Candalyn Kubeck never would have wanted to be remembered this way.
An avid flier, whose grandfather piloted biplanes in the 1920s, she began taking lessons as a teenager, eventually logging nearly 9,000 hours in the air. By the time she was hired by ValuJet in 1993, she believed that her accomplishments spoke for themselves, regardless of the fact that she was among that rare 2.5% of commercial pilots who just happen not to be male.
"I don't think she ever mentioned that she was a woman pilot," said Ken Peery, a neighbor who taped a peach-colored rose to the door of the Dallas-area apartment that served as her workweek home.
Her husband, Roger, himself a pilot for America West, said that she considered herself a captain, first and foremost. "She was not a girl pilot," he told the Associated Press on Monday. "She was a pilot--that's all there was to it."
But as divers continue to search for bodies amid the wreckage of Flight 592, the doomed ValuJet that nose-dived into the Florida Everglades on Saturday, its pilot is being counted as more than just one of the 109 victims. For better or worse, Candi Kubeck belonged to a small club, one whose members have had to scale great heights before ever reaching the cockpit of a jet.
Of the more than 117,000 pilots in America authorized to fly commercial aircraft, only about 3,000 are women, according to Loretta Gragg, executive director of the International Organization of Women Pilots.
Kubeck, who joined the group in 1981, worked for a series of small commuter carriers, then briefly crossed picket lines to take a job at now-defunct Eastern Airlines, before finally earning her captain's wings at ValuJet.
For a female pilot to make that leap, "you have to be better than the rest," Gragg said. "There are still people out there who feel a woman was not made to fly."
Kubeck, 35, believed to be the first woman commercial jetliner captain to perish in a U.S. crash, was "very experienced, very well-trained, very competent," ValuJet President Lewis Jordan said. "There's certainly no indication [the crash] was any responsibility of the flight crew."
As a girl, Kubeck watched military planes fly over her childhood home near San Diego. She vowed that she would also take to the skies, just as her grandfather had done in World War I and her uncles in Vietnam.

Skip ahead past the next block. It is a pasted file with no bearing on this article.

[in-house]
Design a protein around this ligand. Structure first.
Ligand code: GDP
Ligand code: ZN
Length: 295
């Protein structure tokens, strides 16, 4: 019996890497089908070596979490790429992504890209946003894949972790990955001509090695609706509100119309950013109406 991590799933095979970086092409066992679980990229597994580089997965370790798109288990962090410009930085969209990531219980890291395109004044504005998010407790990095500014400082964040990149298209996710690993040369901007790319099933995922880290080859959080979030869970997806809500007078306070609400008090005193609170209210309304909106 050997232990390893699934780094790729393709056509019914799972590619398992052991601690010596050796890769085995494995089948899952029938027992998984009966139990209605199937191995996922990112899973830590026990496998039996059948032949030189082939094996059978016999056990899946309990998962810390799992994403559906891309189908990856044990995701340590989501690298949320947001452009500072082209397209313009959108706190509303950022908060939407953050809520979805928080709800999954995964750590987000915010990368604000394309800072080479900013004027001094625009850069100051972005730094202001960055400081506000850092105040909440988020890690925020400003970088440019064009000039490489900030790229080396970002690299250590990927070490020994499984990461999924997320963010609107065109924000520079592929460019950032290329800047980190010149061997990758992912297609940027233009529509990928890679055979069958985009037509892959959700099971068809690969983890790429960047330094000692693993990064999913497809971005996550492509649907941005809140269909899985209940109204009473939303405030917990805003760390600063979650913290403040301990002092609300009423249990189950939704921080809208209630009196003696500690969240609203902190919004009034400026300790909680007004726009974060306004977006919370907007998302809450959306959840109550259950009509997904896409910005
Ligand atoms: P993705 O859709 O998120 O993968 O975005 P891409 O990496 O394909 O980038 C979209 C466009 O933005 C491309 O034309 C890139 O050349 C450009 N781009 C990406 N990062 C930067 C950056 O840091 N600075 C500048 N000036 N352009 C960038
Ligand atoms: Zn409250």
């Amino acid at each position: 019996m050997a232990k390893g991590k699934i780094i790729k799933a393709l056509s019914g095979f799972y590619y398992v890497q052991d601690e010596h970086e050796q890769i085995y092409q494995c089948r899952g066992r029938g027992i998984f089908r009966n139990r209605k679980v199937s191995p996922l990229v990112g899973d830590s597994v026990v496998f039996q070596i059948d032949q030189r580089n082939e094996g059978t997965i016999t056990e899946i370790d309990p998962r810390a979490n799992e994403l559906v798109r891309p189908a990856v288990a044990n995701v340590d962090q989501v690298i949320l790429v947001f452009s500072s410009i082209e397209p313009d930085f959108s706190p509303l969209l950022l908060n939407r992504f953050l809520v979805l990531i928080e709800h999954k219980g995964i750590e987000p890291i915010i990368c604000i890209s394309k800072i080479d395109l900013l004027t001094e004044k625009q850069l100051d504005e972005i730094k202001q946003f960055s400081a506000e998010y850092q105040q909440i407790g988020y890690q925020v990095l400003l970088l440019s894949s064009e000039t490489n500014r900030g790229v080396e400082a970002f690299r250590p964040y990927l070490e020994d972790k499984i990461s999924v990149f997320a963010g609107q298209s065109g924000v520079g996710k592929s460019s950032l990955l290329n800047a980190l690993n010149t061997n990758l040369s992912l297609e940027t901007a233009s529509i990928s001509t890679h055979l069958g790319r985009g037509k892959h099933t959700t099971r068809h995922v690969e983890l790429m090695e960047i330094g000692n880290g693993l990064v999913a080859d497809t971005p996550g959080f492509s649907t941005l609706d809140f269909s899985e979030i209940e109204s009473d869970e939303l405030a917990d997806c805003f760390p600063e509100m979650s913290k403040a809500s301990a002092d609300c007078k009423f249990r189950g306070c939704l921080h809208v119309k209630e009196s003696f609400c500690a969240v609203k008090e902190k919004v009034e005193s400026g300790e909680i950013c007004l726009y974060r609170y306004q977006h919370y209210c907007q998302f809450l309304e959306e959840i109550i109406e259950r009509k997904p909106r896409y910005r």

"She loved flying--that's all she ever wanted to do and she was doing it," said Patrice King, her stepsister, who has established the Candi Chamberlin Kubeck Scholarship Fund for Aspiring Young Pilots at Home Savings of America in Encino.
Kubeck studied aviation at Metropolitan State College in Denver. While she was there, she challenged a nearby Air Force squadron to a flying contest. She amassed her hours working as a flight instructor, even putting in a stint as an air traffic controller in El Paso.
During one of her first piloting jobs, at a California commuter airline, she impressed her colleagues with an instinctive sense of poise and control.
"There was never a time you flew with her that she wasn't the master of the airplane," said one of her former co-workers, who asked not to be identified. "She was very meticulous, consistent, concise and predictable. You could say she was a natural. There's others who have to work at it. But she belonged in a plane."
Roger Kubeck, 38, her husband of eight years, said they had talked about dying in a crash just last April, when 7-year-old Jessica Dubroff was killed while trying to become the youngest pilot to fly cross-country.
"Candi and I don't think there's a real joyous way to die in a plane crash," said Kubeck, who kept a home with her in Phoenix, even though she was based in the Dallas-area and spent about half the week there.
"No matter how much you love it, that's not the way you want to go," he said. "We planned on growing old together."
Times researcher Lianne Hart contributed to this story.